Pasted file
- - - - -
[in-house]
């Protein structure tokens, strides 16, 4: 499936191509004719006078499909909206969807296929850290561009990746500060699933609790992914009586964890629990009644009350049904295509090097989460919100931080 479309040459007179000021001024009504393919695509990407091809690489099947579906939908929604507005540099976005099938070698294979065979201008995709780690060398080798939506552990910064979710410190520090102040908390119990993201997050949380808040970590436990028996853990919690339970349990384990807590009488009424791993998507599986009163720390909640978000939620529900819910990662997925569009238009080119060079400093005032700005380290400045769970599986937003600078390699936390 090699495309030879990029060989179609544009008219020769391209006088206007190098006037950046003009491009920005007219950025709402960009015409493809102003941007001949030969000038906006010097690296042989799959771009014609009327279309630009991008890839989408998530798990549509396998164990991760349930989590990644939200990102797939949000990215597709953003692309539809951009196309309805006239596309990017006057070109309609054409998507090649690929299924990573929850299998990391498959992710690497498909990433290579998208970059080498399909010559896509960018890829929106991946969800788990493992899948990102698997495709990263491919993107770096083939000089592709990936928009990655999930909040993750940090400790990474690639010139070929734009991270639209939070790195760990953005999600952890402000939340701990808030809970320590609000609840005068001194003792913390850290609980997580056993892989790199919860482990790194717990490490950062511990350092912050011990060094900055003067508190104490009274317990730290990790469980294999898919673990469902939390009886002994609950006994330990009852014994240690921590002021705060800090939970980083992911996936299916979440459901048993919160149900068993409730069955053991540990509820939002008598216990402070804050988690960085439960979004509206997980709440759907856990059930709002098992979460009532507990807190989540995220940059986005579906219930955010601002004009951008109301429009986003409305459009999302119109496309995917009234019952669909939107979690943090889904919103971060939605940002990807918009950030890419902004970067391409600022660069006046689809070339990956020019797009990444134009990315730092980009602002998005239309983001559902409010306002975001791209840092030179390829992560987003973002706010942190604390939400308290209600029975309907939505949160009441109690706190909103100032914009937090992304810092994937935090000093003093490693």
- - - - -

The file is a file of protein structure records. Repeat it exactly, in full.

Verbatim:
[in-house]
């Protein structure tokens, strides 16, 4: 499936191509004719006078499909909206969807296929850290561009990746500060699933609790992914009586964890629990009644009350049904295509090097989460919100931080 479309040459007179000021001024009504393919695509990407091809690489099947579906939908929604507005540099976005099938070698294979065979201008995709780690060398080798939506552990910064979710410190520090102040908390119990993201997050949380808040970590436990028996853990919690339970349990384990807590009488009424791993998507599986009163720390909640978000939620529900819910990662997925569009238009080119060079400093005032700005380290400045769970599986937003600078390699936390 090699495309030879990029060989179609544009008219020769391209006088206007190098006037950046003009491009920005007219950025709402960009015409493809102003941007001949030969000038906006010097690296042989799959771009014609009327279309630009991008890839989408998530798990549509396998164990991760349930989590990644939200990102797939949000990215597709953003692309539809951009196309309805006239596309990017006057070109309609054409998507090649690929299924990573929850299998990391498959992710690497498909990433290579998208970059080498399909010559896509960018890829929106991946969800788990493992899948990102698997495709990263491919993107770096083939000089592709990936928009990655999930909040993750940090400790990474690639010139070929734009991270639209939070790195760990953005999600952890402000939340701990808030809970320590609000609840005068001194003792913390850290609980997580056993892989790199919860482990790194717990490490950062511990350092912050011990060094900055003067508190104490009274317990730290990790469980294999898919673990469902939390009886002994609950006994330990009852014994240690921590002021705060800090939970980083992911996936299916979440459901048993919160149900068993409730069955053991540990509820939002008598216990402070804050988690960085439960979004509206997980709440759907856990059930709002098992979460009532507990807190989540995220940059986005579906219930955010601002004009951008109301429009986003409305459009999302119109496309995917009234019952669909939107979690943090889904919103971060939605940002990807918009950030890419902004970067391409600022660069006046689809070339990956020019797009990444134009990315730092980009602002998005239309983001559902409010306002975001791209840092030179390829992560987003973002706010942190604390939400308290209600029975309907939505949160009441109690706190909103100032914009937090992304810092994937935090000093003093490693």